Deshaun Watson is headed to Cleveland. The Texans traded the 26-year-old quarterback to the Browns on Friday, concluding Watson’s time in Houston after five years.
Watson did not play for Houston during the 2021 season. He requested a trade from the Texans before the season, and before 22 women brought lawsuits and criminal charges against Watson that detailed accounts of sexual misconduct and coercion—including two accounts of sexual assault—that took place during massage sessions between March 2020 and March 2021. In March, a Texas grand jury did not indict Watson on criminal charges after prosecutors presented nine of the 10 criminal complaints filed against him. The dismissal of criminal charges opened the door for interested NFL teams to pursue obtaining Watson, and a number of them—including the Falcons, Panthers, Saints, Colts, Seahawks, Buccaneers, and Vikings—inquired about the quarterback. Ultimately, the Browns ended up with Watson, but the next steps for the player and league are unclear. Watson still faces 22 active civil suits, and he’s still under investigation by the NFL. He could still potentially face a suspension.
The Cleveland-Watson pairing comes as a surprise. Watson, who signed a four-year, $160 million extension in September 2020, held the power to choose his next destination thanks to a no-trade clause in his contract. He met with interested teams over the past week, and Thursday informed the Browns they were no longer in the running for his services. (Cleveland’s interest in Watson led to incumbent starter Baker Mayfield requesting a trade.) But on Friday, Watson re-opened the door on joining the Browns.
According to NFL Network’s Ian Rapoport, Watson will sign a new deal with Cleveland, worth a fully-guaranteed $230 million (a league record) over five years, nearly $80 million more than the next-highest deal by guaranteed money in league history. Despite the record-setting contract, Watson’s base salary for 2022 reportedly will be just $1 million, meaning that any suspension would cost him only $55,555 per game lost. Cleveland will send three first-round picks, a third-round pick, and a fourth-round pick to Houston in exchange for Watson and a fifth-round pick. Mayfield is not included in the Browns’ deal for Watson, and is expected to be dealt to another team. According to The Athletic’s Jeff Howe, Mayfield has indicated that he wants to be traded to Indianapolis.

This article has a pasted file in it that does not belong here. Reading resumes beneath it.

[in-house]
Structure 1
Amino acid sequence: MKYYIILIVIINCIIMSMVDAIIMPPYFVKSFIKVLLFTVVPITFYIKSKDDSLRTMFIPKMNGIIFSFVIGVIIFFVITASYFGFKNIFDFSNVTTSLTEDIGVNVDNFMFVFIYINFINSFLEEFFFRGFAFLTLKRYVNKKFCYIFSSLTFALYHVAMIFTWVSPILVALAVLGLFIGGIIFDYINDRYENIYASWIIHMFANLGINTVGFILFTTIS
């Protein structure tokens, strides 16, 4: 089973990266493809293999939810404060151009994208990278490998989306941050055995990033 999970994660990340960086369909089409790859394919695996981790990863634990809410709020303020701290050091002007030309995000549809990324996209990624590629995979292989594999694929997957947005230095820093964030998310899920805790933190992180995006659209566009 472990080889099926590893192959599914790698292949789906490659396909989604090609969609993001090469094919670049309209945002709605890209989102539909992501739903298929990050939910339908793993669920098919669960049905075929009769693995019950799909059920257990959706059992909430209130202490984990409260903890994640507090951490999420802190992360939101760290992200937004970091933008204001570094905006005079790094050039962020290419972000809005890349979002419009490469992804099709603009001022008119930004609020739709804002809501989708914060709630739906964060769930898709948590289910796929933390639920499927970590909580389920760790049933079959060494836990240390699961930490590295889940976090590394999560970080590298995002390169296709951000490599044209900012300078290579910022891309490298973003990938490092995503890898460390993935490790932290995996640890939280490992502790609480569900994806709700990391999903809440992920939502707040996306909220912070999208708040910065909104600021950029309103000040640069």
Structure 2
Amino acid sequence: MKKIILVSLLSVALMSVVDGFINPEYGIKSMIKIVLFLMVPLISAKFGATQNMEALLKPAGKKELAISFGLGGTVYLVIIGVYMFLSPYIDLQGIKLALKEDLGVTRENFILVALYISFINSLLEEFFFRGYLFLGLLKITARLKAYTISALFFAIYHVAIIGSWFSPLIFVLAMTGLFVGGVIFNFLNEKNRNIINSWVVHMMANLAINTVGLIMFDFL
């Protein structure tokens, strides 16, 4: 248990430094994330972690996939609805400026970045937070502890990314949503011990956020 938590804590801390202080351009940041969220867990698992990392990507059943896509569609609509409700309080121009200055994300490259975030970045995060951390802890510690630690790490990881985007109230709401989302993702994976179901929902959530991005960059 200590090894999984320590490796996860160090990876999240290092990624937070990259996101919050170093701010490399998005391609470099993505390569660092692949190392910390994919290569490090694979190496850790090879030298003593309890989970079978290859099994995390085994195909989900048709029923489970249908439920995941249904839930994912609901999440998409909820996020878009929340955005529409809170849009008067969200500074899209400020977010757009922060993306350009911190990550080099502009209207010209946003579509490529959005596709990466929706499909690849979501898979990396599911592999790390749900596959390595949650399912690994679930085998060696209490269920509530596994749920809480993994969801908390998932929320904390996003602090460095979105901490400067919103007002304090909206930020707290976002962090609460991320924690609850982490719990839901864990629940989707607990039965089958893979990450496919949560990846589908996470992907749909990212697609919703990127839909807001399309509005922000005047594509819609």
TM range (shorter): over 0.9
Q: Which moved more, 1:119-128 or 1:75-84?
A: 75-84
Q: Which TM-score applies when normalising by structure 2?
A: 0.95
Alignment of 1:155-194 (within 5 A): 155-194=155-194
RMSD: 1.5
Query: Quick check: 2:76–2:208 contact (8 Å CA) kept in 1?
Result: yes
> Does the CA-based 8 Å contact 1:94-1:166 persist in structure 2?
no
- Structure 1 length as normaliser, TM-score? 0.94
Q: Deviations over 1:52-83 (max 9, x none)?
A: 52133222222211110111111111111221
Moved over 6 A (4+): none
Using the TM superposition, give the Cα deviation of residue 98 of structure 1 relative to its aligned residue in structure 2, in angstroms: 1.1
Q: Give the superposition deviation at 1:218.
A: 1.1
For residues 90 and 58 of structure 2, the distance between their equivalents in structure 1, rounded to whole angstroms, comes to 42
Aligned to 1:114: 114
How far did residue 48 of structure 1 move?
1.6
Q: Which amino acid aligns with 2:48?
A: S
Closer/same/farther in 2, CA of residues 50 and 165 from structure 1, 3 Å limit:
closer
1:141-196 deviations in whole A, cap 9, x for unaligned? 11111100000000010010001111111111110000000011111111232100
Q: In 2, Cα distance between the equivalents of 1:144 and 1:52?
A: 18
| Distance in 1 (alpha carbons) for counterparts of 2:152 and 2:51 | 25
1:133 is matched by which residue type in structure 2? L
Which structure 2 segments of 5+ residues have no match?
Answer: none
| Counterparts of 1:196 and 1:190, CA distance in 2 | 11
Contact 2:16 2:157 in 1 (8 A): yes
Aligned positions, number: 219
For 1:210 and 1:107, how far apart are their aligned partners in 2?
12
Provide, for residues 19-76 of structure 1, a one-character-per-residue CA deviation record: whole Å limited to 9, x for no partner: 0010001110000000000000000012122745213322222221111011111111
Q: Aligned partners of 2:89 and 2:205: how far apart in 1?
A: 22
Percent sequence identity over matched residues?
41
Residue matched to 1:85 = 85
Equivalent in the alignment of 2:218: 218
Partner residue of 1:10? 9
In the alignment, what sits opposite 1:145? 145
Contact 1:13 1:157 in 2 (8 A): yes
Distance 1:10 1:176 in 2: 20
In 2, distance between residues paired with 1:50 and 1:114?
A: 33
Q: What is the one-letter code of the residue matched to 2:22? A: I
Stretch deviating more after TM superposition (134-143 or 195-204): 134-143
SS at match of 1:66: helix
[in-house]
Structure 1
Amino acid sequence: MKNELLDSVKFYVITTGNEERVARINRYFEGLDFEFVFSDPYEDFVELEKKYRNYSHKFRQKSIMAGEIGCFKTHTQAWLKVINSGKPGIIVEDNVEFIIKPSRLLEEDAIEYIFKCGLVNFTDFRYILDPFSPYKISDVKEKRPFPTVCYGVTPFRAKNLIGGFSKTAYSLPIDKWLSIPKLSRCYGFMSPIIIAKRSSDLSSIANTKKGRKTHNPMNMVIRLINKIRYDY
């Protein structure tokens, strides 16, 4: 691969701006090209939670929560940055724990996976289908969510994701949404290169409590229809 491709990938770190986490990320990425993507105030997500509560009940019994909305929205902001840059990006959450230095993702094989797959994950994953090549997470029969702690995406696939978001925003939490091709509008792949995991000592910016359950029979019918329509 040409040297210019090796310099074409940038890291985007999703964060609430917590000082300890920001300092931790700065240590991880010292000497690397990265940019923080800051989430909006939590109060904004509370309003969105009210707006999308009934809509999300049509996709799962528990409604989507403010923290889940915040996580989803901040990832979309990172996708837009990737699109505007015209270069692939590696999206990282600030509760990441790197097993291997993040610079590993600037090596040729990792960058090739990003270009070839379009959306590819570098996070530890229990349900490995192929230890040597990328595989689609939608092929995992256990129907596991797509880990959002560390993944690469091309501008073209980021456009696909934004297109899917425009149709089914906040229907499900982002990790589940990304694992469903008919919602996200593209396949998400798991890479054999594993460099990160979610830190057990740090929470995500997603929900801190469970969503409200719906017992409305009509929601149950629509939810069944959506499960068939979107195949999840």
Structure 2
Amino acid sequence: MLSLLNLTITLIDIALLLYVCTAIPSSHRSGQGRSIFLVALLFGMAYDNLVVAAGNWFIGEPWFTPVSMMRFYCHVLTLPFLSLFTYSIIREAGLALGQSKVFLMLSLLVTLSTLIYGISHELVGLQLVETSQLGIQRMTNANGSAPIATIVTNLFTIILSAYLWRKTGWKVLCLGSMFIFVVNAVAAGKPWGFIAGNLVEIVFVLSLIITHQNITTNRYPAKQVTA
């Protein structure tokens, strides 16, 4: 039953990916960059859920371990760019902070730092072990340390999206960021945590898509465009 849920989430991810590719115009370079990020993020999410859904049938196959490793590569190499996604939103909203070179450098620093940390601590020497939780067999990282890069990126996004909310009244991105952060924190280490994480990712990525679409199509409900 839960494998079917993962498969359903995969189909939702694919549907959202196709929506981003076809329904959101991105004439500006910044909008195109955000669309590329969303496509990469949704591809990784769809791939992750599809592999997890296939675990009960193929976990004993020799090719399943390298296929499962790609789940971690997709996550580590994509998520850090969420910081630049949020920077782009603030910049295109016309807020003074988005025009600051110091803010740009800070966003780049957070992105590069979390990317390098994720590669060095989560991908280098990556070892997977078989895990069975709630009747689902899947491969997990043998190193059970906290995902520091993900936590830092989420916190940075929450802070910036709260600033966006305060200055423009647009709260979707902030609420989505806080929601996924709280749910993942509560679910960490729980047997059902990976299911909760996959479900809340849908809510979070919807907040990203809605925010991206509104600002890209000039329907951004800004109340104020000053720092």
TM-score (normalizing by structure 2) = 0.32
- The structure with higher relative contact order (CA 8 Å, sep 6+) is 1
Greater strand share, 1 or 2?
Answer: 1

Despite the many lawsuits pending against Watson, the quarterback’s trade market remained intact throughout the past year. The Panthers and Dolphins reportedly weighed acquiring Watson ahead of the 2021 trade deadline. Prior to this offseason, Watson was said to be willing to waive his no-trade clause for only Miami. The Dolphins reportedly agreed to terms with the Texans on a deal before the trade deadline, but it stalled because Miami wanted Watson to settle his civil cases prior to its completion, which he refused to do.
After criminal charges were dismissed against Watson in March, the Colts, Browns, Falcons, and Saints joined the Panthers as teams with reported interest. (The Dolphins ceased their pursuit at the 2022 NFL combine.) The Texans did not allow Watson to meet with the Colts, their division rivals, knocking them out of contention for the quarterback. Despite more than a year of reported interest, the Panthers were informed they were out of the running, too, because Carolina didn’t want to guarantee the third and fourth years of Watson’s contract, according to The Charlotte Observer’s Jonathan Alexander. As of Friday afternoon, Watson’s decision seemed to be between Atlanta (which appeared to be his most likely landing spot) and New Orleans. But after spurning Cleveland, Watson had a change of heart when the Browns showed a willingness to hand him a record-setting deal.